Colostrum is the very first milk produced by all mammals. Bovine (cow) colostrum is collected within the first few hours after birth. Herds used for colostrum are under strict conditions to keep them at a high level of health, in a good state of hygiene and without any exposure to pesticides.
Ayurvedic (traditional Indian medicine) physicians have used bovine colostrum for thousands of years, particularly for gastrointestinal conditions. By the late 18th century western medicine started investigating the use of colostrum and since then it has been prescribed for many immune conditions. In the 20th century it was used for bacterial infections prior to the discovery of penicillin and other synthesized antibiotics. It was during this time that it was noted that antibody levels were much higher in the first milk than 72 hours later.
Early colostrum, produced immediately after birth, will provide a higher immunoglobulin (Ig) level. Immunoglobulins are a family of closely related proteins capable of acting as antibodies. IgG is the principal immunoglobulin in human serum. Human colostrum has been shown to be particularly high in immunoglobulins and bovine colostrum also has a similar profile, which is why bovine colostrum is sold commercially. The nutrient profile of colostrum contains more proteins than older milk, and is extremely rich in antibodies that offer passive immunity, it crosses the placental barrier which is important in producing immunity in the infant. It is the major antibody for viruses and bacteria, and may also activate the immune stimulating group of proteins called complement.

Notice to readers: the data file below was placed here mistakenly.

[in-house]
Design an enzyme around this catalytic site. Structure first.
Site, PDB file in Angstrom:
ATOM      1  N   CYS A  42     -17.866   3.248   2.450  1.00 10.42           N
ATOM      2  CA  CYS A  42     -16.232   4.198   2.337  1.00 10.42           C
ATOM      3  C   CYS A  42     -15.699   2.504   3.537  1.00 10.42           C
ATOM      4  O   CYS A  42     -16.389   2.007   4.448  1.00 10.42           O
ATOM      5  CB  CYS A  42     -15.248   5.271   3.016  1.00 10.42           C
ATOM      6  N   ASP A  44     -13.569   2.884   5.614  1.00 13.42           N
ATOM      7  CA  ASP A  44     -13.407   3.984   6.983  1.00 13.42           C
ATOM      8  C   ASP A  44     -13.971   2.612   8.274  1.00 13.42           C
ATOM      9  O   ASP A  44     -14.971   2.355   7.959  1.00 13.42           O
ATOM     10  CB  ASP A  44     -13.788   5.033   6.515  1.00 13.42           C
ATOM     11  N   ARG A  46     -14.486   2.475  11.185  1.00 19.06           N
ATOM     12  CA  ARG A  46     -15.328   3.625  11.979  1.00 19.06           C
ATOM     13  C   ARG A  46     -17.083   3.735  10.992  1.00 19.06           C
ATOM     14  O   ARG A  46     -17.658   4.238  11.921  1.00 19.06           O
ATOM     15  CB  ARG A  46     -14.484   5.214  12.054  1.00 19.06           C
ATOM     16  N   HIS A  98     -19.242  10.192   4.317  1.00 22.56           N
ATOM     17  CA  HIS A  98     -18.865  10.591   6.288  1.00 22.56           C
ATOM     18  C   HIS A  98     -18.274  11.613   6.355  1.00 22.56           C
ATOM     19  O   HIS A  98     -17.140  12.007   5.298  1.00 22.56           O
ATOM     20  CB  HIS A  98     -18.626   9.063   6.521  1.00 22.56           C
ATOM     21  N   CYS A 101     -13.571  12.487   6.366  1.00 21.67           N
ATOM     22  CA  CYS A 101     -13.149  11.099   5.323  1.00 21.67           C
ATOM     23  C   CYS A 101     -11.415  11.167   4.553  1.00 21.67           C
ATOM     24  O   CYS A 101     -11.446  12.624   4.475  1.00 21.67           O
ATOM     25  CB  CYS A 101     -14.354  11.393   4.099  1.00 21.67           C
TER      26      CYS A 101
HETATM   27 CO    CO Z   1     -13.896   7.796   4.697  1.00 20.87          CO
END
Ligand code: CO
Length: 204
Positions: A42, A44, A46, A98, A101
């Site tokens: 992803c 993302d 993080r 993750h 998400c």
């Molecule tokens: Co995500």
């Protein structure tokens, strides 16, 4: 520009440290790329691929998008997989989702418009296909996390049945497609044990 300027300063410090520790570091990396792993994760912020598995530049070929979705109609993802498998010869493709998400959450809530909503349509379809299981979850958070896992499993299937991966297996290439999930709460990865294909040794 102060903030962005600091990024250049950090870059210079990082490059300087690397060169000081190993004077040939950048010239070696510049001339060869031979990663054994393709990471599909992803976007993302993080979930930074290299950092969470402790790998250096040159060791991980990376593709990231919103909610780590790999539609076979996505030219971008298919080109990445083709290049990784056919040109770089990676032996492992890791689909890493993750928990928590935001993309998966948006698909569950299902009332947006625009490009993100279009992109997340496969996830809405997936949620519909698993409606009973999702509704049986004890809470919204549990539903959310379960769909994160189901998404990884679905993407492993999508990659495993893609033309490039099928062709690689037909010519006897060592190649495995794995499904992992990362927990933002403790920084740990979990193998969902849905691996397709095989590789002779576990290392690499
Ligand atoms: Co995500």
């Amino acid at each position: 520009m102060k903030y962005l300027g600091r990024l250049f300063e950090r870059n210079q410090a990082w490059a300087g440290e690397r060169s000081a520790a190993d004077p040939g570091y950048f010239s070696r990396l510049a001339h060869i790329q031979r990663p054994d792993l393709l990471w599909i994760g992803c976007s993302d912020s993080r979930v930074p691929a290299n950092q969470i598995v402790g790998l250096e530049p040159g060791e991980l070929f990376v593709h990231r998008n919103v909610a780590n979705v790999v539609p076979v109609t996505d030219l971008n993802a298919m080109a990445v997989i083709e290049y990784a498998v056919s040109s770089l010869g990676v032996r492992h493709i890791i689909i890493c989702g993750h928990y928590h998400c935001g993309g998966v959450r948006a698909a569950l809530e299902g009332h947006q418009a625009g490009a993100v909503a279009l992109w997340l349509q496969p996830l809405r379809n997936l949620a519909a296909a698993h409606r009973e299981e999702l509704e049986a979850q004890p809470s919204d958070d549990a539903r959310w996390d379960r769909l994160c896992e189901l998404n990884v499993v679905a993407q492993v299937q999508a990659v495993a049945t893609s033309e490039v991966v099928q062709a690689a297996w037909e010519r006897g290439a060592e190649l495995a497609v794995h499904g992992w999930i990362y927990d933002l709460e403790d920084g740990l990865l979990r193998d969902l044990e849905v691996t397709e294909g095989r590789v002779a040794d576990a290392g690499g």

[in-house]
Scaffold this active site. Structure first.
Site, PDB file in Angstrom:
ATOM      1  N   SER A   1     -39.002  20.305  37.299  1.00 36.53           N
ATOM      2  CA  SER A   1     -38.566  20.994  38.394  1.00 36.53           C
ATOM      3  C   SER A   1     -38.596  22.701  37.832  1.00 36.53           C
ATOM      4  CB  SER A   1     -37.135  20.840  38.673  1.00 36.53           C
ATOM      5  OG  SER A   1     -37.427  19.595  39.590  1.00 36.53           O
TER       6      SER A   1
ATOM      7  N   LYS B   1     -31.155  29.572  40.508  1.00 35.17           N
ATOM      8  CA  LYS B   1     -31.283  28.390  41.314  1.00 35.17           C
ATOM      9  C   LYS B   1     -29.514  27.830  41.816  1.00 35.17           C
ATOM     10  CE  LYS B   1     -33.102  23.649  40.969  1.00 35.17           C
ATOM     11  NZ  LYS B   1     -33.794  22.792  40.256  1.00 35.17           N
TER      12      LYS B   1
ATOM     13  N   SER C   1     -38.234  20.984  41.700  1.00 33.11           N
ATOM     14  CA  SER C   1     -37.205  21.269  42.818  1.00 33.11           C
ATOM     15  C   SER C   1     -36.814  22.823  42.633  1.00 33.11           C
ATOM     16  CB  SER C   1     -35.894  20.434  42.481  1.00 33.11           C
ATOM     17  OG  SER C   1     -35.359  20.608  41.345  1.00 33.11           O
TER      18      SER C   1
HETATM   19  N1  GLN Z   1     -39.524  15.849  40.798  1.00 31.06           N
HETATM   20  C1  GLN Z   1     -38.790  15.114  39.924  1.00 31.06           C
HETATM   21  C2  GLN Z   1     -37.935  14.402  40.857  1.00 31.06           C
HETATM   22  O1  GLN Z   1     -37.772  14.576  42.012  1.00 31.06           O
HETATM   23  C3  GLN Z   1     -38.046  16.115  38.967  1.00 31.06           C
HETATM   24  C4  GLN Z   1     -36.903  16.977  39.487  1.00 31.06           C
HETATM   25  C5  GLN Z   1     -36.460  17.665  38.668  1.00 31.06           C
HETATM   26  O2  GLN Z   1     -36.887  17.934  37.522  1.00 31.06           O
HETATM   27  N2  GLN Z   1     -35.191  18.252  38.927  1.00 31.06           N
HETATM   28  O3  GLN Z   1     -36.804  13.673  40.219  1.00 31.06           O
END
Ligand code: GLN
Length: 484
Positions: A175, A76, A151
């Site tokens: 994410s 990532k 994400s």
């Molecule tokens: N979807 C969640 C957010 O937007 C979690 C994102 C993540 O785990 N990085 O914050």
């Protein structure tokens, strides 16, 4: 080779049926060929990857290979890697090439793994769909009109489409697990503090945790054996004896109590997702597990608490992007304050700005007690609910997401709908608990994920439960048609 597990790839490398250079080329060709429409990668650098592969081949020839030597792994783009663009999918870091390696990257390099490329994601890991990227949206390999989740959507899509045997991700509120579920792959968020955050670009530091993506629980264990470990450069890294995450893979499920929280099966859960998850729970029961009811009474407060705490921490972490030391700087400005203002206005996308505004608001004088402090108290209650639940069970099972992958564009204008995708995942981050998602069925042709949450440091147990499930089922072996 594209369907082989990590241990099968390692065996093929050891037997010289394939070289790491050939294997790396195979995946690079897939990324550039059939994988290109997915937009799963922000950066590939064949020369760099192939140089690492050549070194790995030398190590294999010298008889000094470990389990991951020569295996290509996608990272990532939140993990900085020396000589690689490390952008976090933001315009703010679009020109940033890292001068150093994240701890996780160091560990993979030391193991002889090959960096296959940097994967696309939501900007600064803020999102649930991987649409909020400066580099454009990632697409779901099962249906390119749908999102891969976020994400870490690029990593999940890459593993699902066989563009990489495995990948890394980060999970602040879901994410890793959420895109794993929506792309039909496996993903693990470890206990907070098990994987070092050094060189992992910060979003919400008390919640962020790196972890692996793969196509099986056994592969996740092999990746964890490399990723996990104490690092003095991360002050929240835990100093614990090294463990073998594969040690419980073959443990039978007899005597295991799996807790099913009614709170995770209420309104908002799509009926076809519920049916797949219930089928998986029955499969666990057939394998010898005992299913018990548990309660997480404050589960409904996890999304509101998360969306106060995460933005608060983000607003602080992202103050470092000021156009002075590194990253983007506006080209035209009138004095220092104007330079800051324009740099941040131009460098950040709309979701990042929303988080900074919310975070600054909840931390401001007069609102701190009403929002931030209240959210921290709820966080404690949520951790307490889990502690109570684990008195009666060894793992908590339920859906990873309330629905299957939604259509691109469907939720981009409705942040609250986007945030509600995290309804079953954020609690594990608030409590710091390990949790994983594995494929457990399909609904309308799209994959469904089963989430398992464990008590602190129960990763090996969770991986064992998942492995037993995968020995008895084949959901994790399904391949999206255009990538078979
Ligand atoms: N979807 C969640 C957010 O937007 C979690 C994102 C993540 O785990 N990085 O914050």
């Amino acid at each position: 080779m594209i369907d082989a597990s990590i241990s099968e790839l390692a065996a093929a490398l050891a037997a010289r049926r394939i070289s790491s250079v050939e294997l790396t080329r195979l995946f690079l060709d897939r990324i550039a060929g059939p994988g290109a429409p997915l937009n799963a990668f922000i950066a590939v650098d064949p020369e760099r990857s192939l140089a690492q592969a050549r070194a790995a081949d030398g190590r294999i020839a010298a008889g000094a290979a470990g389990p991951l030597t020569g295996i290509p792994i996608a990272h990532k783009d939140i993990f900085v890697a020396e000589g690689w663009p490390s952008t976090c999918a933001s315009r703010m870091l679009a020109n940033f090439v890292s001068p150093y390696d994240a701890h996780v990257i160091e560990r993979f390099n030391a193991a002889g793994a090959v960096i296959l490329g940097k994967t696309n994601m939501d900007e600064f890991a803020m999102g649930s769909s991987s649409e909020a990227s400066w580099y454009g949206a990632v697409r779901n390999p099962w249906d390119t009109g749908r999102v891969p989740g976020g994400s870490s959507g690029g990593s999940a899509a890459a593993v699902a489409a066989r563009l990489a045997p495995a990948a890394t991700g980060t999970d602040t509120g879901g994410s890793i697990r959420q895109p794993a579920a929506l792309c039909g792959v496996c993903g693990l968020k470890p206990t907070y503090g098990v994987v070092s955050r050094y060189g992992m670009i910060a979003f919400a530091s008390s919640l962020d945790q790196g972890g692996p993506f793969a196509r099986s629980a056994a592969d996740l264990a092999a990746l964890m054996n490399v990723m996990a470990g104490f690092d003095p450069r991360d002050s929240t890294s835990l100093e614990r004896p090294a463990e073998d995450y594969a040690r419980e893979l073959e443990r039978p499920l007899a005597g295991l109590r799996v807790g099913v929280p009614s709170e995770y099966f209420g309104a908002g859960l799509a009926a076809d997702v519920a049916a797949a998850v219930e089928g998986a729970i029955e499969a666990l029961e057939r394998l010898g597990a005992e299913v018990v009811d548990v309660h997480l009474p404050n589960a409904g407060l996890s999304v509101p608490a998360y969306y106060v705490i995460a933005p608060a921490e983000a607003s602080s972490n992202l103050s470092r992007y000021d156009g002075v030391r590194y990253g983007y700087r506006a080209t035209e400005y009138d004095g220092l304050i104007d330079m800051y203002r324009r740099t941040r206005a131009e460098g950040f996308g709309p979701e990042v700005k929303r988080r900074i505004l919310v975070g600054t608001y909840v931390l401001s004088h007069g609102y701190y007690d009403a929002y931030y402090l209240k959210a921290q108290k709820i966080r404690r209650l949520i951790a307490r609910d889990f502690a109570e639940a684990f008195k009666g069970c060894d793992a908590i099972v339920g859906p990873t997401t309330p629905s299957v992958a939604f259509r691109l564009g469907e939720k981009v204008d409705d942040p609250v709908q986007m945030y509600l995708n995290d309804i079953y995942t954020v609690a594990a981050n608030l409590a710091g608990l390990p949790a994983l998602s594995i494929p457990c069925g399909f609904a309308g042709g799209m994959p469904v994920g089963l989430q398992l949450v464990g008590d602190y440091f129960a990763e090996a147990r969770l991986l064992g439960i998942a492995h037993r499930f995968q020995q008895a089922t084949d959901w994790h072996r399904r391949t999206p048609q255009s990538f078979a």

There is more than one clinical trial on the beneficial effects of colostrum on body composition and performance. It is commonly used by athletes to increase strength, lengthen endurance and shorten recovery time. Colostrum may help, as part of an exercise program to build lean muscle mass and burn body fat. It also may boost immunity which is definitely advantageous as after strenuous exercise it is common for your immunity to drop.
As a food supplement, anecdotal evidence has shown support for the respiratory system with allergies and hayfever improving. Many pharmacy hayfever sprays can have a rebound affect i.e. if you overuse it, it starts causing the same problems that you were originally trying to treat. By helping the immune system nutritionally it may help our body to repair itself.
In August 2013 the Department of Food and Nutrition, Mumbai, India presented an article - 'Colostrum - its composition and benefits as a nutraceutical'. They reported on strong support for the immune system and that Colostrum’s many growth factors offer a broad spectrum boost to the body to encourage positive health and healing by providing vital nutrients for tissue development.
Another study in 2002 in the Medical Science Sports Exercise Journal reported colostrum doses for two groups, at 20 grams and 60 grams daily. The colostrum provided a small but significant improvement in the cyclists’ performance.
Health benefits may be gained by both healthy individuals and those experiencing poor health by consuming colostrum as a food supplement.